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Elf

(plural, Elves, Anglo-Saxon, oelf). Properly, a mountain fay, but more loosely applied to those airy creatures that dance on the grass or sit in the leaves of trees and delight in the full moon. They have fair golden hair, sweet musical voices, and magic harps. They have a king and queen, marry and are given in marriage. They impersonate the shimmering of the air, the felt but indefinable melody of Nature, and all the little prettinesses which a lover of the country sees, or thinks he sees, in hill and dale, copse and meadow, grass and tree, river and moonlight. Spenser says that Prometheus called the man he made “Elfe,” who found a maid in the garden of Adonis, whom he called “Fay,” of “whom all Fayres spring.”

Of these a mighty people shortly grew,
And puissant kings, which all the world war rayd, And to themselves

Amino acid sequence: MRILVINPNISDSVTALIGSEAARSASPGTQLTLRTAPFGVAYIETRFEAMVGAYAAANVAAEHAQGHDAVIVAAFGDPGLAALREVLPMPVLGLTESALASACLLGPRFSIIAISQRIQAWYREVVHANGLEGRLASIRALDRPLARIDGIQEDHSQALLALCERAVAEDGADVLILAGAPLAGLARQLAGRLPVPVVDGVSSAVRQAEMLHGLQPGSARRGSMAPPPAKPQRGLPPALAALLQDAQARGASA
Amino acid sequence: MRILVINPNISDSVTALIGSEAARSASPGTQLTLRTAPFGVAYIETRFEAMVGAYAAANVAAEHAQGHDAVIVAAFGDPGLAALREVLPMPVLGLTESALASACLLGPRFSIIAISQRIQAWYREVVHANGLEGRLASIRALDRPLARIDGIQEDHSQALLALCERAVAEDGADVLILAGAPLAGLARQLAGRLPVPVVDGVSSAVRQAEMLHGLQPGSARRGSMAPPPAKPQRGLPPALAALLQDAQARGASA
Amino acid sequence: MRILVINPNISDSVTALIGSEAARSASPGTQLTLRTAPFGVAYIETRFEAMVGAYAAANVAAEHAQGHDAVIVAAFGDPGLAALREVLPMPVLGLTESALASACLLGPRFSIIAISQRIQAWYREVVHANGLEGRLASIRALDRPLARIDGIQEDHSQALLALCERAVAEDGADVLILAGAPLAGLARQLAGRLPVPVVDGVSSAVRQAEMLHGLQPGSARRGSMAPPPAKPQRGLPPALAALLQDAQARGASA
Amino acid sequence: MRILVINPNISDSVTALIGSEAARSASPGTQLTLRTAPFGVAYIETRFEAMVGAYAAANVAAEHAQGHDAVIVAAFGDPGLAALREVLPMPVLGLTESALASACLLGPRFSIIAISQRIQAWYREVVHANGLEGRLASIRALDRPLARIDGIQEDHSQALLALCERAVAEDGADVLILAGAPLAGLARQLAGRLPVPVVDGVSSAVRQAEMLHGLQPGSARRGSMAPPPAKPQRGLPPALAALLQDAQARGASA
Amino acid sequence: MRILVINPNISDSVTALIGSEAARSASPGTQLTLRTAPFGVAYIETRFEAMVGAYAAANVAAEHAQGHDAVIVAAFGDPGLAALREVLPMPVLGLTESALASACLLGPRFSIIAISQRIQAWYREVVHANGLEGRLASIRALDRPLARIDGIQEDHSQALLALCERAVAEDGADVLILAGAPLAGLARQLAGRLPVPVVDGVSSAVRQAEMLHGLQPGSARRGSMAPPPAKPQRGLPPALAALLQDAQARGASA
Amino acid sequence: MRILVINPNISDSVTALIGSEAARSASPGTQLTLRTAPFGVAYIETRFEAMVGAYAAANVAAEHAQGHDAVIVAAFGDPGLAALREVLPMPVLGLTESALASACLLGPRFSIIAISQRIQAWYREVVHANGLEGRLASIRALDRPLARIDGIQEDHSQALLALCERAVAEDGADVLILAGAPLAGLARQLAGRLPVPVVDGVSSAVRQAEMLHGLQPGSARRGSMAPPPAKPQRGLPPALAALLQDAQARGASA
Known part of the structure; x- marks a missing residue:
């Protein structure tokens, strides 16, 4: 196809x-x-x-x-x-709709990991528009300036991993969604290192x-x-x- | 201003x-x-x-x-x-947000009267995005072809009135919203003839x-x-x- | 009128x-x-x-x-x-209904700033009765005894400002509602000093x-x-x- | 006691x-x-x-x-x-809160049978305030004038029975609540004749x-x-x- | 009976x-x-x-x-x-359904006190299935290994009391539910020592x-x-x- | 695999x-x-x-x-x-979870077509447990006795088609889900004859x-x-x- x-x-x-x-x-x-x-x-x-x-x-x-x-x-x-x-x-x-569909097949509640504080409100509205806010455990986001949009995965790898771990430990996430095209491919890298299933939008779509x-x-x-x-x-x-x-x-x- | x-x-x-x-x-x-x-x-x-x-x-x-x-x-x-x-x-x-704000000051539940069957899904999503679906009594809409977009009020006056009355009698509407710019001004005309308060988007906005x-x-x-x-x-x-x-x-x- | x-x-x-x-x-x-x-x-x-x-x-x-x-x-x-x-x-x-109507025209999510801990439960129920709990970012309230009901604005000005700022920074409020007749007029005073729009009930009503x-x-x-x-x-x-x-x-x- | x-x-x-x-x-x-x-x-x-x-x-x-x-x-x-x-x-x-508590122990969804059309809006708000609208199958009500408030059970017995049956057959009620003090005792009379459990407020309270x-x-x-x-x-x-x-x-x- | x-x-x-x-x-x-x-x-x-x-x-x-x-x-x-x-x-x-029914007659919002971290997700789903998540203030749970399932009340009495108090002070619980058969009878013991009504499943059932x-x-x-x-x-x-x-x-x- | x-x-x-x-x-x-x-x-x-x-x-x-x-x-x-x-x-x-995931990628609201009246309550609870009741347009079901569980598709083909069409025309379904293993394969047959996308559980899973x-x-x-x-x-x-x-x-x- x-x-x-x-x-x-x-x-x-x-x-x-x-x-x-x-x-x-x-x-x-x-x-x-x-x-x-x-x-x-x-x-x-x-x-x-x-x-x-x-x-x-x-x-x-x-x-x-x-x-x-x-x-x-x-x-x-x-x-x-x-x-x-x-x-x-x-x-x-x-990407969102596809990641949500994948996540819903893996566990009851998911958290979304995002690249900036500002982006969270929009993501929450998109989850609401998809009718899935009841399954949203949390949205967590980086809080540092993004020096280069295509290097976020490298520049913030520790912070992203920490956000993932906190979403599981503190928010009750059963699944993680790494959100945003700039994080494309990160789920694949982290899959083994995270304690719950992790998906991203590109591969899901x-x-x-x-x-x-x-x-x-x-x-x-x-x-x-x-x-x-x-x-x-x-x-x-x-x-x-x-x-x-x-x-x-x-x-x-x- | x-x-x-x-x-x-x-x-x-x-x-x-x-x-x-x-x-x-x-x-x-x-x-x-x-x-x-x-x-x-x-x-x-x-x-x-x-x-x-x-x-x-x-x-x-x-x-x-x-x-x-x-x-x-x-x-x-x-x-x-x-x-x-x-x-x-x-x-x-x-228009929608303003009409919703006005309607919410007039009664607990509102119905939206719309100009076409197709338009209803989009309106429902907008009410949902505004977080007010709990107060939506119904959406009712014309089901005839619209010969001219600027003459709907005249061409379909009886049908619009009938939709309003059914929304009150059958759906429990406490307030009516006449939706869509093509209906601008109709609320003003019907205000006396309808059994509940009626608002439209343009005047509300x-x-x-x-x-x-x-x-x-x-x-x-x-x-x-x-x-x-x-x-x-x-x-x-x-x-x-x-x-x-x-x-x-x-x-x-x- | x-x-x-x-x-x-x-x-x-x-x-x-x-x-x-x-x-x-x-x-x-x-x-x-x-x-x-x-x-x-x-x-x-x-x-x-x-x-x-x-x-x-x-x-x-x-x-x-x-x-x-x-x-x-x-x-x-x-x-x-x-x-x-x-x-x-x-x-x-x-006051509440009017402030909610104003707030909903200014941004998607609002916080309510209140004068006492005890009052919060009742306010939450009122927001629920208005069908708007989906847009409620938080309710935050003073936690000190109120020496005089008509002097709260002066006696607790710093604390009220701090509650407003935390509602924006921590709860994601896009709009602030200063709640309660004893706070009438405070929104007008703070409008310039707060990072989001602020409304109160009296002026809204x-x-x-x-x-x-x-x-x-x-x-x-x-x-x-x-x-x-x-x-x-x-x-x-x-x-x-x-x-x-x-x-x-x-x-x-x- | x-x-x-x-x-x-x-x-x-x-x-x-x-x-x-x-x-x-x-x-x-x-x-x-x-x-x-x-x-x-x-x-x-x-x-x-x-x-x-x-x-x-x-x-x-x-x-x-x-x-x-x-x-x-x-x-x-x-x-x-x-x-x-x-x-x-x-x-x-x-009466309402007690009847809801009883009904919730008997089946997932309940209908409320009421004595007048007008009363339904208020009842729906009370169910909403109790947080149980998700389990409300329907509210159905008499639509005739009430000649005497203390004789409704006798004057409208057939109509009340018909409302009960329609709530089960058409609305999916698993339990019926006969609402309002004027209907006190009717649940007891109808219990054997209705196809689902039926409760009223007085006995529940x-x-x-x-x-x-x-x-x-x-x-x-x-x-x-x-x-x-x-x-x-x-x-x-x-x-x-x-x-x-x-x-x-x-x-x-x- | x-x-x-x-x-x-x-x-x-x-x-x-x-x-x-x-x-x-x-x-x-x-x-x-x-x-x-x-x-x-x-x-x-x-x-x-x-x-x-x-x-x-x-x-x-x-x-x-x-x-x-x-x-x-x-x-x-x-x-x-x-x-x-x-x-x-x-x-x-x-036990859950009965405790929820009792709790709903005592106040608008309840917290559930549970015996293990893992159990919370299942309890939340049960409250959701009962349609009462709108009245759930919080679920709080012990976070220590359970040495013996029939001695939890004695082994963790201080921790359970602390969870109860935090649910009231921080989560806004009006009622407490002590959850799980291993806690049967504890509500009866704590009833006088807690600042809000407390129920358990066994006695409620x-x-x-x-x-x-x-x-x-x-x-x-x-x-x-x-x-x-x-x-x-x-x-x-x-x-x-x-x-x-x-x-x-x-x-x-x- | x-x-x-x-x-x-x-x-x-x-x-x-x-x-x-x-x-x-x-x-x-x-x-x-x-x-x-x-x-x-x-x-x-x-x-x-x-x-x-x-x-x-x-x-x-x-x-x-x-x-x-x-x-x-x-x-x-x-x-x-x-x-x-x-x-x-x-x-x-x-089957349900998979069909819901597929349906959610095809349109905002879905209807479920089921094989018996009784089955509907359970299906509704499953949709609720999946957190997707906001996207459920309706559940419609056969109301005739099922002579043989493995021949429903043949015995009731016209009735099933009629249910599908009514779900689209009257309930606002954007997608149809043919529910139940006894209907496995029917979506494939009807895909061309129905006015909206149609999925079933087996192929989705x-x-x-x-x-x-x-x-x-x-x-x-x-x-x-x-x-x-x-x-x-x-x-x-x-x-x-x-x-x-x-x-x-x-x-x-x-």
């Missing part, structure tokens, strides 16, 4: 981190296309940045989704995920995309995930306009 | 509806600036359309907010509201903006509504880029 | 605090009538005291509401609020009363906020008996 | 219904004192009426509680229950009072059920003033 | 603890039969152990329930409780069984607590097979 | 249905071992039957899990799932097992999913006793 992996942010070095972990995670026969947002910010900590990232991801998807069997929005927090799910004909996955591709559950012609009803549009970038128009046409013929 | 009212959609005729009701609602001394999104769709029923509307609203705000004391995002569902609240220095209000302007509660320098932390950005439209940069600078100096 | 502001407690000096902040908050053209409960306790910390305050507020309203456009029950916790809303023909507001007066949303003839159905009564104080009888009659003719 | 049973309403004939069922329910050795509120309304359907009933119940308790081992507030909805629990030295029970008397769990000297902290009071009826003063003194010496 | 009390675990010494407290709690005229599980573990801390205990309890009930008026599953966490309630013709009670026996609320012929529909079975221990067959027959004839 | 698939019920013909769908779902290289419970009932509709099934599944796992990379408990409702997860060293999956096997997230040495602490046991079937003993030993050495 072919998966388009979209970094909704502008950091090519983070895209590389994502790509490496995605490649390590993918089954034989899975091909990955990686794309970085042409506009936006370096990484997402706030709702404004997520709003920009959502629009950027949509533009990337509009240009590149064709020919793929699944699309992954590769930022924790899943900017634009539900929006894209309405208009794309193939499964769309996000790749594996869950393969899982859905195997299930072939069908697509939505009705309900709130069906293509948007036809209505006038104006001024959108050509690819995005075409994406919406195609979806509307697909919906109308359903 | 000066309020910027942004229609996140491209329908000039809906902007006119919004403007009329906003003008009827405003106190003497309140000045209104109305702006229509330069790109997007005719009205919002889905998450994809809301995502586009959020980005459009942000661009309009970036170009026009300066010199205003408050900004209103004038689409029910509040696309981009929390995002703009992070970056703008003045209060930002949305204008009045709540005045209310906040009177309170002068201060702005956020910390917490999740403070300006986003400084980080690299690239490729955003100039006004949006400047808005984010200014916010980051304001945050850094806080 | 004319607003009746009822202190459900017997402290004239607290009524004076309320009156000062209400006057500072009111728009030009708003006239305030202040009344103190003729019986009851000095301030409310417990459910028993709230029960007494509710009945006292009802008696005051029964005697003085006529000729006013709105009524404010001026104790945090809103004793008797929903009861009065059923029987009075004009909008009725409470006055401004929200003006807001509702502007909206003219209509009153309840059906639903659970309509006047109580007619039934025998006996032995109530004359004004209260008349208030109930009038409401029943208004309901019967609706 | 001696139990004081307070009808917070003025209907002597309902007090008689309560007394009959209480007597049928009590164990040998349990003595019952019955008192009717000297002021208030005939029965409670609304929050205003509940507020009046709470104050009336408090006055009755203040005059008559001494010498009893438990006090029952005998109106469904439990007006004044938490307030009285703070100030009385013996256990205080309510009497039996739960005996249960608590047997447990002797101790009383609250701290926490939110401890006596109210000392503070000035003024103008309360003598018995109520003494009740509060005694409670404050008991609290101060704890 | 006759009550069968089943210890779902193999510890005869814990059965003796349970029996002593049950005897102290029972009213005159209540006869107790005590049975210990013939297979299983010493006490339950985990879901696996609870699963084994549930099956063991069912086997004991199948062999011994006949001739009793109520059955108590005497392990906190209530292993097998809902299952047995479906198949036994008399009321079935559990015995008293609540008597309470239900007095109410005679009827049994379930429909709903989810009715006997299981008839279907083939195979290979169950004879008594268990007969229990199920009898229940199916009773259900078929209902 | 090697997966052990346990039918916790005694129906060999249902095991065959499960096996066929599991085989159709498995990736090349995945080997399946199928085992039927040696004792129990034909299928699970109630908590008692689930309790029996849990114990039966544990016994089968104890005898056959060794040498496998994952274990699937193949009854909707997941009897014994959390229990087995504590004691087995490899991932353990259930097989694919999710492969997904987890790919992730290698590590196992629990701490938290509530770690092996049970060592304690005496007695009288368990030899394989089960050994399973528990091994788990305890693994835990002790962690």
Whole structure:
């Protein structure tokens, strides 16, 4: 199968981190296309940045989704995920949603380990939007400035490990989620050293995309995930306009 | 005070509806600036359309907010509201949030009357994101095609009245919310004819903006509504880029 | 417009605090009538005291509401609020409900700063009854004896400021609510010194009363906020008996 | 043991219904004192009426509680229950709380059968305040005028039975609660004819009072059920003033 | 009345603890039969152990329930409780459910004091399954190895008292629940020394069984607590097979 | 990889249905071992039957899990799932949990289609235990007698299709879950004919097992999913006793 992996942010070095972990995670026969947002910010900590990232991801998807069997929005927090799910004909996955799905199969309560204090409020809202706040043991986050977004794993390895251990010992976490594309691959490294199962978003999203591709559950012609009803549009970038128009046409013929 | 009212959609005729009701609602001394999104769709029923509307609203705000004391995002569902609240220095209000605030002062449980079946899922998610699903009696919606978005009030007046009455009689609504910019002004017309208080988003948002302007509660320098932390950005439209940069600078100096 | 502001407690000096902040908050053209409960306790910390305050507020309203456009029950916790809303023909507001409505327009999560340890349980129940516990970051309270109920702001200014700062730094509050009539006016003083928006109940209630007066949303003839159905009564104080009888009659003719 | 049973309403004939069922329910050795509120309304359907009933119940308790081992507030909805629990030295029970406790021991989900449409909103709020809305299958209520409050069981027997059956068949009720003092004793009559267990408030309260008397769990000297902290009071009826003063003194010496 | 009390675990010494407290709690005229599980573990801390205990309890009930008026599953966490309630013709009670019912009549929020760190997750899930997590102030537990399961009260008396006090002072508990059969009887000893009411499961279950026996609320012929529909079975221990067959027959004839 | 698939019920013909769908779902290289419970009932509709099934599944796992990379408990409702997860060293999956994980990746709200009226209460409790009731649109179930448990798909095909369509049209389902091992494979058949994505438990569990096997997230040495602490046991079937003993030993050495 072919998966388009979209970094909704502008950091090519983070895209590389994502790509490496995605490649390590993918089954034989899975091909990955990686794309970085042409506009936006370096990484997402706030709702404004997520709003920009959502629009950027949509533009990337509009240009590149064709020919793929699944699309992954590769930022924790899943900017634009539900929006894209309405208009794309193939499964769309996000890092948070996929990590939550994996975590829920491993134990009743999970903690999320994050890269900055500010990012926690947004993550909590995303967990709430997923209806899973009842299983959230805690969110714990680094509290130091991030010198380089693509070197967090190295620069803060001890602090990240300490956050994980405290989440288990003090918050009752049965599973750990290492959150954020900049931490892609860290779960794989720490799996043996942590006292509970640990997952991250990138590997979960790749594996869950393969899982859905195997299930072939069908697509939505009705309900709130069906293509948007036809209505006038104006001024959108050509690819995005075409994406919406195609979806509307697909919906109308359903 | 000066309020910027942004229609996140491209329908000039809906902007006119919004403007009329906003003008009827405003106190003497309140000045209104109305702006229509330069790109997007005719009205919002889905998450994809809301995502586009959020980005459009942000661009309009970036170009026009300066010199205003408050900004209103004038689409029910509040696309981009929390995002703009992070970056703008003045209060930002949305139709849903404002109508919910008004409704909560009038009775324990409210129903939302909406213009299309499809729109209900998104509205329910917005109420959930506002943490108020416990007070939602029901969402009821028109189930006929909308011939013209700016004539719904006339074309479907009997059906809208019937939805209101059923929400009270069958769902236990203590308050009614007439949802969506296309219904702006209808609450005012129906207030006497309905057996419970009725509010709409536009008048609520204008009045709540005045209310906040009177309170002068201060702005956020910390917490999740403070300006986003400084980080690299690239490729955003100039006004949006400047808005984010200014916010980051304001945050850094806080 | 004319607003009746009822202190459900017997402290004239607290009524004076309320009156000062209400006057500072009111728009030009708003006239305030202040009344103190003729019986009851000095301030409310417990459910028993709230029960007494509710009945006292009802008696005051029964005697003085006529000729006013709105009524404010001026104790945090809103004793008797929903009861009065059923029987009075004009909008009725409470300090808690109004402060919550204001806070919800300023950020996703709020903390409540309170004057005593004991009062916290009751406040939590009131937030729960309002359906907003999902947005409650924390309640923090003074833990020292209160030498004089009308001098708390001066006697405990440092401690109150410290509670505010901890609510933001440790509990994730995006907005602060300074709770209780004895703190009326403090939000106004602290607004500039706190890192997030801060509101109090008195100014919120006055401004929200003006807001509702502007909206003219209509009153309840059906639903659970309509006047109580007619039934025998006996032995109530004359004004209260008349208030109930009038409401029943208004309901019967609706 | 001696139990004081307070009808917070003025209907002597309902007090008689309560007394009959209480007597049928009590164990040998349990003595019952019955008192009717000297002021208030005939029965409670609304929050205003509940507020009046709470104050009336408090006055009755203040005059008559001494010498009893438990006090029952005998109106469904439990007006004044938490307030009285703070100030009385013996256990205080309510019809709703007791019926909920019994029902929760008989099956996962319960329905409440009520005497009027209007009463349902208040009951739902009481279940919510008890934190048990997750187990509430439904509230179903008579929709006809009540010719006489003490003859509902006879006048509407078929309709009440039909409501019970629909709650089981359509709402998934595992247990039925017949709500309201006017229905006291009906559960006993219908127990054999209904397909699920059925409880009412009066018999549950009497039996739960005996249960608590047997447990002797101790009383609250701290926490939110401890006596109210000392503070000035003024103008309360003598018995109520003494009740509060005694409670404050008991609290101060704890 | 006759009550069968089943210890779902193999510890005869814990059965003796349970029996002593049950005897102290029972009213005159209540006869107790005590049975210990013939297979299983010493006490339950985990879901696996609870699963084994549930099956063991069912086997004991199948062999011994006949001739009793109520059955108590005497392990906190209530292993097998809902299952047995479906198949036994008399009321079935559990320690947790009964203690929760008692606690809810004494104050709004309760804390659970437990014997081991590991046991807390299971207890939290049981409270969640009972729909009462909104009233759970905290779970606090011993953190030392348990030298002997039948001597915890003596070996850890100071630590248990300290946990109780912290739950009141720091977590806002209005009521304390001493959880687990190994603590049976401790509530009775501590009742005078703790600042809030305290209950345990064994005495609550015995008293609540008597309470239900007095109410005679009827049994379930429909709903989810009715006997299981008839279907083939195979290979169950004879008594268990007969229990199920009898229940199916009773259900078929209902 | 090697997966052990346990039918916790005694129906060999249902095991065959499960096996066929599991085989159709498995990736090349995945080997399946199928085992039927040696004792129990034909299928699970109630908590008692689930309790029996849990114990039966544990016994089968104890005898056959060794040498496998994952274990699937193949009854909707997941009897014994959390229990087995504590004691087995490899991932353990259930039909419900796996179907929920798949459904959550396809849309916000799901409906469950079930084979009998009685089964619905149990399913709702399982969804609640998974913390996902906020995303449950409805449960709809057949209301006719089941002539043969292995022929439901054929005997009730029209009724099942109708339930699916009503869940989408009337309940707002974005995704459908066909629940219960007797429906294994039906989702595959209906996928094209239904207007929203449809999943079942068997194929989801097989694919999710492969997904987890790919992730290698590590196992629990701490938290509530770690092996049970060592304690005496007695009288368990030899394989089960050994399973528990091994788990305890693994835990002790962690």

all nations did subdue.

Faërie Queene, ii. 9, stanza 70, etc.

Elf and Goblin,
as derived from Guelf and Ghibelline, is mentioned in Johnson (article GOBLIN), though the words existed long before those factions arose. Heylin (in his Cosmography, p. 130) tells us that some supported that opinion in 1670. Skinner gives the same etymology.

Red Elf.
In Iceland, a person gaily dressed is called a red elf (raud âlfr), in allusion to a superstition that dwarfs wear scarlet or red clothes. (Nial's Sagas.) Black elves are evil spirits; white elves, good ones.

Source: Dictionary of Phrase and Fable, E. Cobham Brewer, 1894
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